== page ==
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How To Apply For A Call Center Job and Ace an Interview

Working in a call center or a BPO center has already proved to be an exciting and rewarding career to many fresh graduates and to those that think they have what it takes to succeed in the industry. In case you were wondering what you need to be good at and other areas of improvement, rest assured that even a person who has never heard of a call center or a Business Process Outsourcing (BPO) facility can still be guided and coached properly until he lands a job in a call center. Here is a walk-through of some of the things you can begin to do in your quest towards working in a call center.

Start out by identifying and noting down a list of skills that you possess. This helps you identify some which can make it more possible to have a fruitful experience while working in a BPO center. A call center job is exciting if you know you are capable of communicating with people in a courteous, informative and yet persuasive manner. While starting off your call center job, it is easy to get discouraged when you come across problem clients, but with time, you learn to be more persuasive, supportive and good at calming people down. You’ll be dealing with a lot of angry clients, especially when representing a retail business or a collection agency.

Some of the competencies that are also crucial to survival in that industry include patience, the ability to tactfully suggest proper alternatives and solutions to a previous issue. Are you capable of staying polite and assuring even when a strange and difficult problem is presented to you? These are some of the strengths that you should be willing to “sell” to whoever interviews you before the job. You should be able to describe situations in which you were able to change your approach really quickly just so that you can persuade a customer to remain hopeful and satisfied with something.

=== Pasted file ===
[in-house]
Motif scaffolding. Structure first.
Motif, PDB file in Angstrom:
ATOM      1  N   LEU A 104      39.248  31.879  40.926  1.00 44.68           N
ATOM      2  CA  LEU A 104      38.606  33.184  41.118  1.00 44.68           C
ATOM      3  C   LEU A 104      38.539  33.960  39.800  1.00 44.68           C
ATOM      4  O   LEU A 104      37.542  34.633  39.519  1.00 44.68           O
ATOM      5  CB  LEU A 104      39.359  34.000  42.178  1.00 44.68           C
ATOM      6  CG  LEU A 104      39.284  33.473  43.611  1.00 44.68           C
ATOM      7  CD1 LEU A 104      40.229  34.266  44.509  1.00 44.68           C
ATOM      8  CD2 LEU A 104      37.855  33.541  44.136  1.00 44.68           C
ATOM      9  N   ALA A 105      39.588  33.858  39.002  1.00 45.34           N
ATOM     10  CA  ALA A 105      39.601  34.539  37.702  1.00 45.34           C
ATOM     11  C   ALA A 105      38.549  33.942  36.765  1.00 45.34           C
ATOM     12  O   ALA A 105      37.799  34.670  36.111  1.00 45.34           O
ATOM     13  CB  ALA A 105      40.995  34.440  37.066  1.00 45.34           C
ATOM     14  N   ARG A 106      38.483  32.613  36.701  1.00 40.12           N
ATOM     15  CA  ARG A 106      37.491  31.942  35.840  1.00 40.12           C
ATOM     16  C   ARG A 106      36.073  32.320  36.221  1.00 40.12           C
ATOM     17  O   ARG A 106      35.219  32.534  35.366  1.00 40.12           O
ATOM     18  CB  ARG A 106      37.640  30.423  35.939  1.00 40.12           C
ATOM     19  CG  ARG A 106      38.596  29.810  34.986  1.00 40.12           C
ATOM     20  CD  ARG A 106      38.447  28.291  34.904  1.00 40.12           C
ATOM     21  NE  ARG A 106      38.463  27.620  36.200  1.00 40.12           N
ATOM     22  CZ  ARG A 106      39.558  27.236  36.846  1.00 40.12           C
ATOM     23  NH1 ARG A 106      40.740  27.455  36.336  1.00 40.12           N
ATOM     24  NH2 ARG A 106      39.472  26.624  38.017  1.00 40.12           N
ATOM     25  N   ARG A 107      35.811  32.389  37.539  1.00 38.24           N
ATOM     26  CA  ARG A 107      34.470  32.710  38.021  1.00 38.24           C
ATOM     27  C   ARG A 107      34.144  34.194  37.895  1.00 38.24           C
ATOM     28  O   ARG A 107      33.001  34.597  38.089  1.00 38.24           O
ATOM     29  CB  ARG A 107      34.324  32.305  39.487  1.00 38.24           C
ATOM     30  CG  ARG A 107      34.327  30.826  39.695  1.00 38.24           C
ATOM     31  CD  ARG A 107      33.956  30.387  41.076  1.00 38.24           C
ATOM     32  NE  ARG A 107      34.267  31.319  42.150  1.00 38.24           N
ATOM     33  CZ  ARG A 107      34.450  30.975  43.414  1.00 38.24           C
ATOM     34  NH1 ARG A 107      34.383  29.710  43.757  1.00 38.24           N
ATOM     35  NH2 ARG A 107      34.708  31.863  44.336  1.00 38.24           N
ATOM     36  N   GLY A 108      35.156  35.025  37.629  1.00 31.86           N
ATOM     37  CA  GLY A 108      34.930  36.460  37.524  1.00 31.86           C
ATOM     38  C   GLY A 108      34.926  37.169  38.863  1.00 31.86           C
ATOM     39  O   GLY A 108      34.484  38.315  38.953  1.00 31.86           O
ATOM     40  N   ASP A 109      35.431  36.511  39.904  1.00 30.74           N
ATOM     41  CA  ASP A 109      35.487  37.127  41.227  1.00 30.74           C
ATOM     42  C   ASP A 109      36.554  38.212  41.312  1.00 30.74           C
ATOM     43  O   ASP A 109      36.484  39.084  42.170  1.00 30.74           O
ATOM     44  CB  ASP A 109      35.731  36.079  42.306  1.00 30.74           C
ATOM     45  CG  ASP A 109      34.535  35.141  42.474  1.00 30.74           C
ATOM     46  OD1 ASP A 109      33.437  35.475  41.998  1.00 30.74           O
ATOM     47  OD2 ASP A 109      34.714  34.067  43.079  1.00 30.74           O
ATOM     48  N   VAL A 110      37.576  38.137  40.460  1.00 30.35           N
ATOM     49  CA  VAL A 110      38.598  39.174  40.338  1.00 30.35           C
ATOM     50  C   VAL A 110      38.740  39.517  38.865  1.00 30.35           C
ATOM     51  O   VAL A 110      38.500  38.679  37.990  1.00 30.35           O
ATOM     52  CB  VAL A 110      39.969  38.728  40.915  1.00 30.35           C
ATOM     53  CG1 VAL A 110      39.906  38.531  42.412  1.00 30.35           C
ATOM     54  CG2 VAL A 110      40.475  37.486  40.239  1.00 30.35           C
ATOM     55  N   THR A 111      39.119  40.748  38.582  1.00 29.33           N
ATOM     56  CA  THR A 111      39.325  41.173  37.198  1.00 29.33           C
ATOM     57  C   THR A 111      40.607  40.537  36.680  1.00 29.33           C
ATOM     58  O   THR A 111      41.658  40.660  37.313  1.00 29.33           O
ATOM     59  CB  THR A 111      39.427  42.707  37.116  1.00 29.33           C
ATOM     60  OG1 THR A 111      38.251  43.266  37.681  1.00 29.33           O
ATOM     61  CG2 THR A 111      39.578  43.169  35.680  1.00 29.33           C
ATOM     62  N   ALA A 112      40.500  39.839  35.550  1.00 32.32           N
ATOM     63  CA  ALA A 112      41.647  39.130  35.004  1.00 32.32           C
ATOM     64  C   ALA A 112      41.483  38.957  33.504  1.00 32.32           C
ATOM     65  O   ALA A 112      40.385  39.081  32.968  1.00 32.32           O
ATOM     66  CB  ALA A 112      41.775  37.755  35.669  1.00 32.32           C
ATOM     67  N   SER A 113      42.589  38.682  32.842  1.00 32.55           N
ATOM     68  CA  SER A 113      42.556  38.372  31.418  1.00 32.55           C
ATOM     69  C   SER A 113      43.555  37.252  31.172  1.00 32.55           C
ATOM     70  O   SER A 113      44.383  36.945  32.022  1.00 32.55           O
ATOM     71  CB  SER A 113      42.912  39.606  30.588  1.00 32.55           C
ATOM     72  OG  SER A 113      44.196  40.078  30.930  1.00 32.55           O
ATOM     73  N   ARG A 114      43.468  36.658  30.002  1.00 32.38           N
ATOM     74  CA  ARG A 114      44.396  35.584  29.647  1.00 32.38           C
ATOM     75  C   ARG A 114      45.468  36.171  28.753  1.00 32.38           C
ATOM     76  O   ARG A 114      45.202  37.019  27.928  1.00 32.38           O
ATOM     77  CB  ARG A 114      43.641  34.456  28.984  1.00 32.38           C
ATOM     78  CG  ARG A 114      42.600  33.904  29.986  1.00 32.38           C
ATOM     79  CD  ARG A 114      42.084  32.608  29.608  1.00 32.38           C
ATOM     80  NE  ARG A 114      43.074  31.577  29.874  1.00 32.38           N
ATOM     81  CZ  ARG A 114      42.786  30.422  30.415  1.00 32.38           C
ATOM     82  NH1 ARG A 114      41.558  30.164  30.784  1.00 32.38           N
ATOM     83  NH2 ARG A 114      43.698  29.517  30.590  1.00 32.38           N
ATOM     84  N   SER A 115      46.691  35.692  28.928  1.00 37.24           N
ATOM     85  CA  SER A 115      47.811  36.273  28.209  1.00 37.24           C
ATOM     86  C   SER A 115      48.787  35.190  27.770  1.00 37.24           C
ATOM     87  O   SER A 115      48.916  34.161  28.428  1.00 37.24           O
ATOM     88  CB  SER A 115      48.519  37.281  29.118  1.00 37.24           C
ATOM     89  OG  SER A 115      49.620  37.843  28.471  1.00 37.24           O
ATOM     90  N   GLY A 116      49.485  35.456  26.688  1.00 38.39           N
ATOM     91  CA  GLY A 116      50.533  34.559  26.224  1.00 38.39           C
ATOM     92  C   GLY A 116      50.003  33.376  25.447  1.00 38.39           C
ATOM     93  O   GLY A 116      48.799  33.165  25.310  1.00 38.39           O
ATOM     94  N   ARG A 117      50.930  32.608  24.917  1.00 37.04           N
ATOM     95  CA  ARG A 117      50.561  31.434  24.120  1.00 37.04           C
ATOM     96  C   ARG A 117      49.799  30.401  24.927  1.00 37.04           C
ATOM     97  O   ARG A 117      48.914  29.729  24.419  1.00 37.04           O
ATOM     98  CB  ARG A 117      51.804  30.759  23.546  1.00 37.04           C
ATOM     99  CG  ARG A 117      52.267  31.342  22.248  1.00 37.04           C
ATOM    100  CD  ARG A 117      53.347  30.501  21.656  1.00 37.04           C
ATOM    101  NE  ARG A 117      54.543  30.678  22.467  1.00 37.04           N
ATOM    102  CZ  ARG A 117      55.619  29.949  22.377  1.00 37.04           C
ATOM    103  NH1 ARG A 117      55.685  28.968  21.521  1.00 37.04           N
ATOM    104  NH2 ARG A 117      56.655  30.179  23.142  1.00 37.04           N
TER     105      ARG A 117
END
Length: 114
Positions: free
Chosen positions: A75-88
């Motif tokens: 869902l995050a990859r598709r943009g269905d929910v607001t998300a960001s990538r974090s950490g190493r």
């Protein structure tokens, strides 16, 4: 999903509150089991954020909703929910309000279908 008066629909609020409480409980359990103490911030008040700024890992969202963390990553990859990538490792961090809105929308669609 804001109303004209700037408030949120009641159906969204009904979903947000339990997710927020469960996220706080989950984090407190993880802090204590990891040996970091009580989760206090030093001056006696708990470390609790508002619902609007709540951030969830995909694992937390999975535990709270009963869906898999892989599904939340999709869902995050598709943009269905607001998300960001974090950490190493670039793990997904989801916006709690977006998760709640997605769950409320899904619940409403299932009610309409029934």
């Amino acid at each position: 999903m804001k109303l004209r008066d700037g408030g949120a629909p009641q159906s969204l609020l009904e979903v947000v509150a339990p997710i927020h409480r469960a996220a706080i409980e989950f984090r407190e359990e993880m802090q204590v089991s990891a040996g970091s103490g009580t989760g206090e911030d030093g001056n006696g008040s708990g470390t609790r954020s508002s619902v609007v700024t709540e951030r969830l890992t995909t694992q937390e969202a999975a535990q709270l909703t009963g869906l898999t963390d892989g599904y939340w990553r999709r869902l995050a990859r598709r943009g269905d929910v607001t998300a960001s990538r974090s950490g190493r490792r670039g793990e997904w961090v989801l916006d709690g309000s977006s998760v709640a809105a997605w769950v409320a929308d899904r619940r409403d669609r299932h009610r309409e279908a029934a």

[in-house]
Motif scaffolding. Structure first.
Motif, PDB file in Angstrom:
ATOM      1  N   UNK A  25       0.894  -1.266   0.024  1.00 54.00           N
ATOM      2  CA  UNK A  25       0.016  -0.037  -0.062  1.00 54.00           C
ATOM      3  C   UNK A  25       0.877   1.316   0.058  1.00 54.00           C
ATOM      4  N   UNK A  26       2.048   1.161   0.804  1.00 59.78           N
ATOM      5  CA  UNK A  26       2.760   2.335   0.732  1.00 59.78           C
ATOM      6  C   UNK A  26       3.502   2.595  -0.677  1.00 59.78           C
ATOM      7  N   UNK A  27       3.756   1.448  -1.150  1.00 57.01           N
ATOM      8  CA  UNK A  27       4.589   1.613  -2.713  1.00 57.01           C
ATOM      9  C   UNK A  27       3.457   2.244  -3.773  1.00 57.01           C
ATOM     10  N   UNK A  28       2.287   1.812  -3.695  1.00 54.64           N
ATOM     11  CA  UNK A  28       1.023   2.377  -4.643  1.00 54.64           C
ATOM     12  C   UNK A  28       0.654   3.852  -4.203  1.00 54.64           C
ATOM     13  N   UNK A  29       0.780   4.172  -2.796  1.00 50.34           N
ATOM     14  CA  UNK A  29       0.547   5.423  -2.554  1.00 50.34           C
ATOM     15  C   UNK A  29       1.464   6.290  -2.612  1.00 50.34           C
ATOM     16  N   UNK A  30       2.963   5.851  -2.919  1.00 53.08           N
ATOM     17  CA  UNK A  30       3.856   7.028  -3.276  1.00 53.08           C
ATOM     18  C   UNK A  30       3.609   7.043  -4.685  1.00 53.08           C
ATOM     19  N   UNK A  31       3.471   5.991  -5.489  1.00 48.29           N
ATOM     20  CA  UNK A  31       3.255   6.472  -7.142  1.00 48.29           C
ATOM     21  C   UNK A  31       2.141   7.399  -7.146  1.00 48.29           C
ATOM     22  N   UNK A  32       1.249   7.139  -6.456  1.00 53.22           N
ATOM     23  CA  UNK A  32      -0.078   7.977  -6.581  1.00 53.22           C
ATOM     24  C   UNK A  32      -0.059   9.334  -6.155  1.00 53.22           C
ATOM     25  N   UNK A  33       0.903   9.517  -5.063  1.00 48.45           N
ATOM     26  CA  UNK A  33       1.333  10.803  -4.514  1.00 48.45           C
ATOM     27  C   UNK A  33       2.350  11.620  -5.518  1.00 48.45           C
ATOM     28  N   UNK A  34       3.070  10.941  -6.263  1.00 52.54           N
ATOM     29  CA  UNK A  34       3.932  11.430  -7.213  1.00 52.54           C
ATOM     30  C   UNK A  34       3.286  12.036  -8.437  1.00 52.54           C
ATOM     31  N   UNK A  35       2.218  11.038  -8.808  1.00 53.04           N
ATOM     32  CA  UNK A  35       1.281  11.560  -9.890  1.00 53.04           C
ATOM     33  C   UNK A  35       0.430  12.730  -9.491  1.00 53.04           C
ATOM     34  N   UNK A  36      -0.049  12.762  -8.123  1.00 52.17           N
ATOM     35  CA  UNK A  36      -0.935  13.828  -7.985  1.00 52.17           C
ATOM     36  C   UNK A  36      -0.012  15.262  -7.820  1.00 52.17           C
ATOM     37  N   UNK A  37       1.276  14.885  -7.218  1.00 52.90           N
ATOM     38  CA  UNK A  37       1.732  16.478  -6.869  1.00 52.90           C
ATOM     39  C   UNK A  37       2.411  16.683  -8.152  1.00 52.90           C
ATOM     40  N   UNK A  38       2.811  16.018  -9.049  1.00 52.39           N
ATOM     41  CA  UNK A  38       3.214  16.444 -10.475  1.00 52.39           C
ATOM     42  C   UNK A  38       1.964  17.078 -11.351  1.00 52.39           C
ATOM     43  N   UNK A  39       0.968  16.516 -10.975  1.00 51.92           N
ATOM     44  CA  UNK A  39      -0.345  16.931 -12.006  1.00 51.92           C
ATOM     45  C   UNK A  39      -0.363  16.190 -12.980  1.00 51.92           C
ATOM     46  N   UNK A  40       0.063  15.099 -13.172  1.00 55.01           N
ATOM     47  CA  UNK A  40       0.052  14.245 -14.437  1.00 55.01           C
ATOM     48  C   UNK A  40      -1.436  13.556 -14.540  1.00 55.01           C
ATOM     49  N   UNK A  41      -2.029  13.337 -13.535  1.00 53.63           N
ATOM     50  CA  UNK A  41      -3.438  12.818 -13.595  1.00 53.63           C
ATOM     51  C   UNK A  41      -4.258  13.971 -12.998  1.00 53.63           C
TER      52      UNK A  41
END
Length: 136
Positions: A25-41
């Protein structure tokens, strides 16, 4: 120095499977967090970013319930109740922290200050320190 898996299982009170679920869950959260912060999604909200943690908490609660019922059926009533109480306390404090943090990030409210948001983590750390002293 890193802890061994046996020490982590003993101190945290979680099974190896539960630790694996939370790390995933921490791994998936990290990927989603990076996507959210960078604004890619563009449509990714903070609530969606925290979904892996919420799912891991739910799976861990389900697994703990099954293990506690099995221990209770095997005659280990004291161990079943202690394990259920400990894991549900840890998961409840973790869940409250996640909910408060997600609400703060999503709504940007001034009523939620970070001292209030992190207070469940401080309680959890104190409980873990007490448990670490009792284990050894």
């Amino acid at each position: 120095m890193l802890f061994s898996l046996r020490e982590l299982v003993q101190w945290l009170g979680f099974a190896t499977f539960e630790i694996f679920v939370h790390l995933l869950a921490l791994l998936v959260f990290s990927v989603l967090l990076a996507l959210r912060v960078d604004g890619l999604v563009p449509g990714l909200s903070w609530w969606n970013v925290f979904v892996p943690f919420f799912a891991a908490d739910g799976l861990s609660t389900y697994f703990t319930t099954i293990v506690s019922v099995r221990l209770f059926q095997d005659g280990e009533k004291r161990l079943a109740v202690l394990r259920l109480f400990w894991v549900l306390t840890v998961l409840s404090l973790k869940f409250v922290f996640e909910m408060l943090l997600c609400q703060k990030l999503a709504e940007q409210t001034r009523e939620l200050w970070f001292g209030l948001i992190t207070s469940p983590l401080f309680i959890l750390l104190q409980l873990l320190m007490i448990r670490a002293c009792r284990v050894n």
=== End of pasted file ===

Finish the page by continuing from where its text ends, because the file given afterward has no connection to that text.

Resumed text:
The ability to communicate properly should be more than just talking. A truly competent person must be able to listen just as much as speaking. You need to know what the callers and customers really need before you start giving solutions. In most instances you can get a feel of the person just by listening for a few moments. This is the art of a good communicator. Many people mess up on that aspect because they may talk a lot, joke unnecessarily and think that they can read their clients just as well as they know the palm of their hands, but in reality, such people can be a turn off to the reserved characters. You should be able to display in your interview that you are capable of finding out about a client’s needs, wants and desires instead of making many assumptions about the client.

The application process and letter writing

Even if you are completely competent for the job, you still need to do a proper job search and sweat it out versus the rest. No jobs are guaranteed. Look for ads relating to call center jobs and read through the requirements. Note carefully some of the unique requirements such as the age of a preferable candidate and the education level. What is some of the software that you will need to use while working there? However, you should insist on explaining why you are competent for the job and why you should be hired in your application letter in a manner that looks as if you already possess the qualities required and can prove it.